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Google wants OEMs to hide their custom gesture navigation systems

Google wants OEMs to hide their custom gesture navigation systems

by Vyncent ChanOctober 9, 2019
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Google is pushing for a more streamlined navigation system in Android, and to achieve that, they will be tying OEMs’ hands behind their back. Google has been developing their own navigation gestures, and they want OEMs to use them.

They aren’t banning OEMs from making their own gesture navigation system, but OEMs will now have to offer Android 10’s new gestures as well as the traditional three-button navigation system more prominently. Google wants OEMs to hide their custom gesture navigation systems deeper in the settings menus.

The realme 5 Pro offers three different navigation systems.

OEMs are not going to be able to offer their own gesture navigation systems in the setup wizards that most phones have when you turn on your new phone, and most definitely not as the default navigation method. These new rules are apparently part of the latest version of the Google Mobile Services (GMS) agreement that 9to5Google got a copy of.

Xiaomi and HUAWEI users probably have nothing to worry about, given how similar Android 10’s gestures are to MIUI 10’s, but those coming from recent Samsung devices might have to relearn how to use the Android 10 gestures.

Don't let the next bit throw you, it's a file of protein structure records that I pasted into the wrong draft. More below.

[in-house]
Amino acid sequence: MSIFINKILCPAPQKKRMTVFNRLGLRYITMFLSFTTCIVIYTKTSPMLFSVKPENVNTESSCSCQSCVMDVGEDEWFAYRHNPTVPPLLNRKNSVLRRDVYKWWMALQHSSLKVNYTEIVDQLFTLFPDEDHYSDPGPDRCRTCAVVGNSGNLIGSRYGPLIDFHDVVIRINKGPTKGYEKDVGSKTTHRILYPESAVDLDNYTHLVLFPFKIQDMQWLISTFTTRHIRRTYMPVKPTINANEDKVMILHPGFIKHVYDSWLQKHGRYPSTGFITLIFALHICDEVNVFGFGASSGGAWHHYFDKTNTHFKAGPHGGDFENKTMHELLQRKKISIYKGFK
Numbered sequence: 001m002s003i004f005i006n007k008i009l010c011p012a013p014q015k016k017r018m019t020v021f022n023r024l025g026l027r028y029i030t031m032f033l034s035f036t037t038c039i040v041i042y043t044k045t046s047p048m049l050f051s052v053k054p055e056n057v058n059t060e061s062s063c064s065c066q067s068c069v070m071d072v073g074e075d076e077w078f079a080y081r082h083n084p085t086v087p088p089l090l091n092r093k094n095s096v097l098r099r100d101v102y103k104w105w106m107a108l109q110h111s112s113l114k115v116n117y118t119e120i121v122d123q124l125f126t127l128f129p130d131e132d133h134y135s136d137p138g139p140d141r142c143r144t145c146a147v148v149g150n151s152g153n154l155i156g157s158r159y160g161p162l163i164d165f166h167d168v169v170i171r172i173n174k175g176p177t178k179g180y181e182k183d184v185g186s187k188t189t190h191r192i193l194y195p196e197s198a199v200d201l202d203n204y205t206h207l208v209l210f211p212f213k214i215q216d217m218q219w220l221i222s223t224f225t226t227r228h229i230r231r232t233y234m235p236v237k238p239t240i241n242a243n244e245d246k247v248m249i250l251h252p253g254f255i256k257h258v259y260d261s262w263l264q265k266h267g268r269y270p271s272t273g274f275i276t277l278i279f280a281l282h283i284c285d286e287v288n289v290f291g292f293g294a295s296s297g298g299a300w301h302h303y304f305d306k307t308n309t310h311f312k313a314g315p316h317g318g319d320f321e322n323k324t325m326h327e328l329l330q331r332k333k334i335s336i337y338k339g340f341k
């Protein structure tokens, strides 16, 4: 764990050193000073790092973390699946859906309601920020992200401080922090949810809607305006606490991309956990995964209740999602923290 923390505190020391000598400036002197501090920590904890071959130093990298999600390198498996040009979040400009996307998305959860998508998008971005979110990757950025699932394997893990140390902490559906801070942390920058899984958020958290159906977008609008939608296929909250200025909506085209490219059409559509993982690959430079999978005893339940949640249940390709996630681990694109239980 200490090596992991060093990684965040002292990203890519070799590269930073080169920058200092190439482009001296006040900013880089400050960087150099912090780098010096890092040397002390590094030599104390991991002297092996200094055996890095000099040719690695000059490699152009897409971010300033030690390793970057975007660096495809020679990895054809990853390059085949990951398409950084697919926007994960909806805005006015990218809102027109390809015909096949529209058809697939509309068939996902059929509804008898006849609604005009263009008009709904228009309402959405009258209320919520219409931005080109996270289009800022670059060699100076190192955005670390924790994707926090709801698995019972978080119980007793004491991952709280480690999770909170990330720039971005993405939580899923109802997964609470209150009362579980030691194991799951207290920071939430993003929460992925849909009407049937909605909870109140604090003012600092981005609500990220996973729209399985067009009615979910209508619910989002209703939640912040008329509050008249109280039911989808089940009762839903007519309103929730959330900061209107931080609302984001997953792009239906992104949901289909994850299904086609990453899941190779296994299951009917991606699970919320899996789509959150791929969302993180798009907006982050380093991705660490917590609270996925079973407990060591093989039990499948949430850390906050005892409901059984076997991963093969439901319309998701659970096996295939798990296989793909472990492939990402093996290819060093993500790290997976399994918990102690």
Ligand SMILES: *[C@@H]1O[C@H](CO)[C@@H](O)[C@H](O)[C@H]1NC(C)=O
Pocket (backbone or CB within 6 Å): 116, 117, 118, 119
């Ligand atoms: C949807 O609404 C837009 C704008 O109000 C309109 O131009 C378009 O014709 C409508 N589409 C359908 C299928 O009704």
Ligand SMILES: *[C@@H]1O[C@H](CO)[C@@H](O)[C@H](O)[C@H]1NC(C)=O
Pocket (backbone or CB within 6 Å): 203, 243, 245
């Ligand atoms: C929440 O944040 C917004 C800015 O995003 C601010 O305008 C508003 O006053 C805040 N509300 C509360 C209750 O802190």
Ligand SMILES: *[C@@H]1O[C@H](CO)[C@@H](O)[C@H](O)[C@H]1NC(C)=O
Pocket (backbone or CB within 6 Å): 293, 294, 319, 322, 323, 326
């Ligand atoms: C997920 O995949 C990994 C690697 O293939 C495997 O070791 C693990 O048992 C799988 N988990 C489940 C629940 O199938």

I do welcome Google’s implementation of their new Android 10 gestures, as swiping from the side is definitely a lot more intuitive than having to reach down and swipe upwards to go back. However I do find the way Google enforces that OEMs now have to hide their own gestures away from prime time a bit heavy handed.

Well, at least they didn’t try to enforce the unsightly pill navigation onto everyone. That one would have been quite unacceptable for me. Who had the bright idea that having a pill for gestures and yet having a dedicated back button was good?

Pokdepinion: Well, a major complaint that a lot of iPhone users have about Android devices is that the experience can be entirely different on devices from different OEMs, so perhaps this should solve that pain point. Although that does take away the uniqueness of each OEM’s skin.

About The Author
Vyncent Chan
Technology enthusiast, casual gamer, pharmacy graduate. Strongly opposes proprietary standards and always on the look out for incredible bang-for-buck.

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